of usage and impact, not for the sake of earning royalty revenue.
Not true of monographs.

First things first. Let's mandate and reach 100% OA for OA's primary
target, journal articles, and then contemplate the generalizability of
our fabulous success to other forms of literature.

In the meantime, no one is stopping monograph authors (or their
fingers) from making their books OA too, if they so wish, and if
their publishers can afford to publish them anyway. But let us not
contemplate *mandating* that sort of thing just yet!

> 5. Open Access Is Not a Threat to Peer Review: In Fact, It Has
> Nothing to Do with Peer Review -- but It Is Also Time to Talk about
> Peer Review

Yes, it is not a threat. Yes, it has nothing to do with it. And no,
OA is not the context to talk about peer review. (If this is the time,
then it should be talked about separately, elsewhere; nothing to do with

> The economic model underlying a journal has nothing to do with
> its peer review policy -- or its quality. There are many online
> journals that practice rigorous peer review. Indeed, going beyond
> just peer review, there seems to be no correlation between journal
> cost and quality.

These truisms are worth repeating, since so many still fail to grasp

But Cliff raises them misleadingly: OA is not the same thing as
Gold OA. The peer-review issue is not just raised as a question
about the quality standards of Gold OA journals. It is also raised
by some publishers who keep proclaiming willy-nilly the doomsday
scenario that mandating Green OA self-archiving will destroy journals
and peer review. That is the empty alarmism that needs to be exposed
for what it really is:

    Berners-Lee, T., De Roure, D., Harnad, S. and Shadbolt, N. (2005)
    Journal publishing and author self-archiving: Peaceful Co-Existence
    and Fruitful Collaboration.

> At the same time -- and having just emphasized the complete disconnect
> between open access and peer review, I almost hate to mention this
> for fear of adding to the confusion -- we are long overdue for
> a nuanced analysis and reevaluation of peer review practices in
> scholarly publishing as an entirely separate issue from open access.

Don't mention it (in this context)!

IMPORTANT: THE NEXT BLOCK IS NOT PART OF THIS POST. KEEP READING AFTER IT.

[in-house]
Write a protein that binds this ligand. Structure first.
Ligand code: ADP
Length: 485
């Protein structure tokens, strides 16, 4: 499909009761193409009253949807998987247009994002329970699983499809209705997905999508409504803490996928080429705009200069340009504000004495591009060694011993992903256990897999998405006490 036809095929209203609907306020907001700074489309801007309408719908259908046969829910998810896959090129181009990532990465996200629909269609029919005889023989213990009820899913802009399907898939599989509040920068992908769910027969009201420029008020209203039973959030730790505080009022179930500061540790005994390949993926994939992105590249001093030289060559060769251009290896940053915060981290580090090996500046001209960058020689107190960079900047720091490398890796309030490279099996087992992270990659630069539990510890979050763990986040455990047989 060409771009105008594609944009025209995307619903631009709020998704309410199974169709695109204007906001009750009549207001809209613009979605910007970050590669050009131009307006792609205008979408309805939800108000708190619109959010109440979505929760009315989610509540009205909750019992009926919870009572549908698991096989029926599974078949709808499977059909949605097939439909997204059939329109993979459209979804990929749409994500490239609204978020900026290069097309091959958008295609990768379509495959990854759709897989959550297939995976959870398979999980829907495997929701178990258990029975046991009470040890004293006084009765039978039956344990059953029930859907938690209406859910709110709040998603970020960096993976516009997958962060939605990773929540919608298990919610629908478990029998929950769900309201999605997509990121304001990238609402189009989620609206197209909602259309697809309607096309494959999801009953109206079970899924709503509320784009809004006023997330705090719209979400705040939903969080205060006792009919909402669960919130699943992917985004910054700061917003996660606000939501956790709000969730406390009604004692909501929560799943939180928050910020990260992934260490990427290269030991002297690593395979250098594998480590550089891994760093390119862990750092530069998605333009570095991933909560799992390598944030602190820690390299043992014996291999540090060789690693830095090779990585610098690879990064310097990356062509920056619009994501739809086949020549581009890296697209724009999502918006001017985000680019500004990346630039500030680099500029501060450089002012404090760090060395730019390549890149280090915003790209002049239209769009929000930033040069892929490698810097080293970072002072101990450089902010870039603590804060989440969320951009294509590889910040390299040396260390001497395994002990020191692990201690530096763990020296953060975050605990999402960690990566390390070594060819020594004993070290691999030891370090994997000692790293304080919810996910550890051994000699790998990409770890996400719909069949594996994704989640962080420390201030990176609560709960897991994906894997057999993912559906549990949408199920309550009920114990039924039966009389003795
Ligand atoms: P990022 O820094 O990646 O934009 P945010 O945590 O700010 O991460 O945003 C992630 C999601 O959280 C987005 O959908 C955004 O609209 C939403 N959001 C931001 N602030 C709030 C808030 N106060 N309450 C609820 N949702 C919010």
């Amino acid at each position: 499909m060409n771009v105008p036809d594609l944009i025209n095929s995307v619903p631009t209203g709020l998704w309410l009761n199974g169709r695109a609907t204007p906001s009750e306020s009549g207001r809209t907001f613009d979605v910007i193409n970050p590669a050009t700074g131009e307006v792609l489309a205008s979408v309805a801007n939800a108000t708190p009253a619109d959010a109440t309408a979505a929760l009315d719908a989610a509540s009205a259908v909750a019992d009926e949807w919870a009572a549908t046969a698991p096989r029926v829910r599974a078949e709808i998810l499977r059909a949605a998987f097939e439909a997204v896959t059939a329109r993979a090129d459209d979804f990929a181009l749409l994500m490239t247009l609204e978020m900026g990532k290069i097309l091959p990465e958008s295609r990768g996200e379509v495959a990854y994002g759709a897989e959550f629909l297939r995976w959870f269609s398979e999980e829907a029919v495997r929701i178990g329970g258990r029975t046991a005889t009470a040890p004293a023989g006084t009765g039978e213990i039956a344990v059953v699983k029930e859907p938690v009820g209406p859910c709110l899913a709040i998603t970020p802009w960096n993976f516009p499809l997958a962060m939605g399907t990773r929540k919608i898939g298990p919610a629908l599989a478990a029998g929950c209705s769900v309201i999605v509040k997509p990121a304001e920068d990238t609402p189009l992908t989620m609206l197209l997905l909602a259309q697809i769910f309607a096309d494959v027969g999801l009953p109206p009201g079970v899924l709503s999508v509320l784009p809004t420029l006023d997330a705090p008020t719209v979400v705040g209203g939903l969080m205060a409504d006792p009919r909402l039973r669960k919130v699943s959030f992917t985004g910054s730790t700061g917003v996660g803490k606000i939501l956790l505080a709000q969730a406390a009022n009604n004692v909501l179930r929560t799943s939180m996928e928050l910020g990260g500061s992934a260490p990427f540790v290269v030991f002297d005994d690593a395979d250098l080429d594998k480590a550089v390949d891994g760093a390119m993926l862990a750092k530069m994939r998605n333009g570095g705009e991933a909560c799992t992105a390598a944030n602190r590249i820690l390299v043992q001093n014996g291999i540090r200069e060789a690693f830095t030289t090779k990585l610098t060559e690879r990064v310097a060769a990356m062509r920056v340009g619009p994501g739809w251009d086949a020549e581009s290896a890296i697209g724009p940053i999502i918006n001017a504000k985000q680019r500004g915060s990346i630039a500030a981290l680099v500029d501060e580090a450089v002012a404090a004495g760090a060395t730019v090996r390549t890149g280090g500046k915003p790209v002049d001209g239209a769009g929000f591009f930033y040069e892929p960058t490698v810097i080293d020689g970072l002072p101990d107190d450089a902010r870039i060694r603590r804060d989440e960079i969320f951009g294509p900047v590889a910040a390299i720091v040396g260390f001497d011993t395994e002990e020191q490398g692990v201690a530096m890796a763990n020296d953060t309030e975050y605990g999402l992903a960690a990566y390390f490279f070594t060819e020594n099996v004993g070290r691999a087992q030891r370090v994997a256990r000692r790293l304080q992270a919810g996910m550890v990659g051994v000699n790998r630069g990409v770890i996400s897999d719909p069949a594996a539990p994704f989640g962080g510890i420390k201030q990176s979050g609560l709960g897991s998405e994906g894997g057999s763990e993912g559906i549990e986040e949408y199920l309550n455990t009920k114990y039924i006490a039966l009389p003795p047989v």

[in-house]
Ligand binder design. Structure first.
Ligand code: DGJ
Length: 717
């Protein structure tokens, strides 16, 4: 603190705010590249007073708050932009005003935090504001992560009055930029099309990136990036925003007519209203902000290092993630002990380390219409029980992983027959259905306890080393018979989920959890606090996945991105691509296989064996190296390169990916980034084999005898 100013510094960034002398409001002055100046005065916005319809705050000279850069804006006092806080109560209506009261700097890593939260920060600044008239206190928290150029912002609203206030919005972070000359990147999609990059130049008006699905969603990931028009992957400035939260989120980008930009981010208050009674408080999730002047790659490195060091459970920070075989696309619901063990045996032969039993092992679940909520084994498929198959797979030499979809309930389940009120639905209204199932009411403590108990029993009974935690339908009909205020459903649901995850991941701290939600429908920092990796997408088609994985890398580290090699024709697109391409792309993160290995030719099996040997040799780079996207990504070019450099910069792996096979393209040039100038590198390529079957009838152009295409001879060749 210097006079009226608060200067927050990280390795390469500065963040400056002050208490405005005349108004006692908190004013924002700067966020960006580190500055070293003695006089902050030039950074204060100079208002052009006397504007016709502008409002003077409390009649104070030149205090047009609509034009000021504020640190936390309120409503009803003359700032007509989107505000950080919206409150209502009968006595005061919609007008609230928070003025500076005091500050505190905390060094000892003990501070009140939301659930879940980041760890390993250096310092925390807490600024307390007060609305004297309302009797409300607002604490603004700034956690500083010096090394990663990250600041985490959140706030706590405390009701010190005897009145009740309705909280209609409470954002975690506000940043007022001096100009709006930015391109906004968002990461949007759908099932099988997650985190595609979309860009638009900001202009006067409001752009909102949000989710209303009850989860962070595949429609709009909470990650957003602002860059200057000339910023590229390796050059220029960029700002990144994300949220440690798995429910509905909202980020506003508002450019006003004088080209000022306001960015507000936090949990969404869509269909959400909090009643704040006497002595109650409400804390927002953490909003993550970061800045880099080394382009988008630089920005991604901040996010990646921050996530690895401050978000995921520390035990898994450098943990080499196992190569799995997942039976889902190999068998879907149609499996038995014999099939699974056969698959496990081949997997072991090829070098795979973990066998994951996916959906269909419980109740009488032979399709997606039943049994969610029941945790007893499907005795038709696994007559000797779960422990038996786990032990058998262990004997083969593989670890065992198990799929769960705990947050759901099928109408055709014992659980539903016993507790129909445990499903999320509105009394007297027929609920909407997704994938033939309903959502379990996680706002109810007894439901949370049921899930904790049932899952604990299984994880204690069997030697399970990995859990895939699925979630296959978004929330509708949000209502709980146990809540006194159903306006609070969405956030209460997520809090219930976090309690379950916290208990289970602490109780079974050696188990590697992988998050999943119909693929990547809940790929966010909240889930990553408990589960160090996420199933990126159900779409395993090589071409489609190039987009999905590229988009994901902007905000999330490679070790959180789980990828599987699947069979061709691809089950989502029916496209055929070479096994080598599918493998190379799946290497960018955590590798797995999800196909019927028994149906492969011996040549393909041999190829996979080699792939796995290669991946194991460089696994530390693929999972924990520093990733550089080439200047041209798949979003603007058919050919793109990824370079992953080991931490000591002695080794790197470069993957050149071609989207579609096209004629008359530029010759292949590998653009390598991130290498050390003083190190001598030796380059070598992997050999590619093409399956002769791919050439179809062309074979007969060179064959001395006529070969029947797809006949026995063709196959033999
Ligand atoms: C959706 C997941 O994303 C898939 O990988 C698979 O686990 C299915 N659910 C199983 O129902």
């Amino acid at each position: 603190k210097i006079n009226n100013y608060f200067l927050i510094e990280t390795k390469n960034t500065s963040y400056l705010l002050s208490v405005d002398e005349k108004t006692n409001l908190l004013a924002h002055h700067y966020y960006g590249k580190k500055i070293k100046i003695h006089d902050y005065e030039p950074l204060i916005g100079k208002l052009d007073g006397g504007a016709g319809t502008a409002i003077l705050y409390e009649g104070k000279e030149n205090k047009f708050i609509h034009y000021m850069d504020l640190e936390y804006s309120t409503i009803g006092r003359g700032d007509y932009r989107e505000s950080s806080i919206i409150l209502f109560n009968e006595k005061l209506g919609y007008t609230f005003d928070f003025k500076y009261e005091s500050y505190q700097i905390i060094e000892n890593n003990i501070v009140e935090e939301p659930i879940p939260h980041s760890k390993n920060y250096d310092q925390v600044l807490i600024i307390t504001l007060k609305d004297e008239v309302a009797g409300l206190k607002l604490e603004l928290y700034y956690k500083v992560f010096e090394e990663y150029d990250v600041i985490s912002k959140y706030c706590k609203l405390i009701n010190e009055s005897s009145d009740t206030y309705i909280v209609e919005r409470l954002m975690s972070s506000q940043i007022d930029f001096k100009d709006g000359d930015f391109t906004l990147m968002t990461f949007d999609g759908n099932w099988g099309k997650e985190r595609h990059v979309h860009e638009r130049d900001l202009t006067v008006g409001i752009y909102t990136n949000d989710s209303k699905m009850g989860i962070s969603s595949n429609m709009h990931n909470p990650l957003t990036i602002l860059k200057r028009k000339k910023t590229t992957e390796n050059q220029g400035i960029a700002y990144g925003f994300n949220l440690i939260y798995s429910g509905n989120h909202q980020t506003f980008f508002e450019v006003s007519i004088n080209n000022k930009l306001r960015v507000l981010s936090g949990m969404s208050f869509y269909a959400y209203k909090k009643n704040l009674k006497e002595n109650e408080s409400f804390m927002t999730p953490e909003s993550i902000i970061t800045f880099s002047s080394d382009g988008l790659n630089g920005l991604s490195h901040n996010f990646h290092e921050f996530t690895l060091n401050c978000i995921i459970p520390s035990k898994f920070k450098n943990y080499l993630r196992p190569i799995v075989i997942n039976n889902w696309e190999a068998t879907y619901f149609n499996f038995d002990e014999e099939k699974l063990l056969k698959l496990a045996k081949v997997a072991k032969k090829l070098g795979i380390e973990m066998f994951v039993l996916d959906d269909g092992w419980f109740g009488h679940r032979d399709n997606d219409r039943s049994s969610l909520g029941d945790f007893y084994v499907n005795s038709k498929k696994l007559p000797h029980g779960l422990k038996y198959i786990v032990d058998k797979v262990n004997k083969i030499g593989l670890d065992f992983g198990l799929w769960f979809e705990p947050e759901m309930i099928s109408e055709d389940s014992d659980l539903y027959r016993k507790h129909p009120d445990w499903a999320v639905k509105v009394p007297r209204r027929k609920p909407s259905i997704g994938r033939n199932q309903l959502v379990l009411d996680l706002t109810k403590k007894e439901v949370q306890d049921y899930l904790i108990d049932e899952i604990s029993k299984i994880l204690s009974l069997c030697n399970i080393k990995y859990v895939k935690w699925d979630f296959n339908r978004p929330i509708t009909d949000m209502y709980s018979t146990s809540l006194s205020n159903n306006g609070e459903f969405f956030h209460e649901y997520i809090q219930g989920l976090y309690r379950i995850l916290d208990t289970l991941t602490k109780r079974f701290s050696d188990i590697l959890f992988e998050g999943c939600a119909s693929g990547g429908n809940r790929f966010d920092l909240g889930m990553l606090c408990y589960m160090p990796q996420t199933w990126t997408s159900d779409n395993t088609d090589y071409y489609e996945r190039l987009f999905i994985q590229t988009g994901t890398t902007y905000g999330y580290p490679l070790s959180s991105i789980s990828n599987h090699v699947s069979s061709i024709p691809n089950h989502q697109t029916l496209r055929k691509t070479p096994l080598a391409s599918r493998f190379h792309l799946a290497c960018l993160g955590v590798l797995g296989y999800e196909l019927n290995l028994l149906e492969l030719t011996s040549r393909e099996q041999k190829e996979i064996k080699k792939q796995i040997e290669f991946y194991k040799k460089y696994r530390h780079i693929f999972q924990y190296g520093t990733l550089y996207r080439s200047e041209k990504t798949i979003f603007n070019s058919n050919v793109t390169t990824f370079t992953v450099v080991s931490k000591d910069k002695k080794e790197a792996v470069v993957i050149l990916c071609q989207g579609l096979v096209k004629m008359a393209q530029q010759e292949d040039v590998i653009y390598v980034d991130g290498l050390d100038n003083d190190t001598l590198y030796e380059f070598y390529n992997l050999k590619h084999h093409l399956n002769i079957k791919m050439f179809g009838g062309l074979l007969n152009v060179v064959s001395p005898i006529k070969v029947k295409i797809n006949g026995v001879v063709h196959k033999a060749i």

It is indeed irrelevant to OA and only adds confusion to confusion,
and delay and indecision to what has already been near-paralysis
for far too long...

> We need to understand the extent of these costs and their implications.

The costs of peer review alone can be vaguely estimated now, and
have been:

But the only way to determine the *true* costs of peer review alone
(once all other obsolescent publishing functions have been jettisoned
[like print] or offloaded [like online access-provision and archiving]
onto the distributed network of OA IRs) is to mandate Green and then let
nature take its course in the online era.

(Don't ask me why nature couldn't take its course without the help
of mandates, when 34,000 researchers were ready to do the keystrokes
threatening to boycott their journals if they did not provide OA,
but it never occurred to them to go ahead and do the keystrokes to
provide the OA themselves! I don't know the answer. It's a paradox,
and I've dubbed it Zeno's Paralysis. But the affliction is curable,
by mandates, freely applied to the research community's body politick....)

    Harnad, S. (2006) Opening Access by Overcoming Zeno's Paralysis,
    in Jacobs, N., Eds. Open Access: Key Strategic, Technical and
    Economic Aspects, chapter 8. Chandos.

> 6. Scholarly Publishing Is a Means to an End

> Just because the existing scholarly publishing system has served
> the academy fairly well in the past does not mean that it has an
> intrinsic right to continue to exist in perpetuity.

Let those who wish to reform the scholarly publishing system to
better serve the academy so declare their intentions and proceed
full-speed with their worthy agenda. But let those who merely wish
to maximise online access to a very specific subset of scholarly
publications (peer-reviewed research articles), right now, proceed
toward their specific, distinct, immediately reachable goal (OA)
without being hamstrung by other admirable but irrelevant agendas.

Stevan Harnad
Received on Fri Jan 12 2007 - 10:08:46 GMT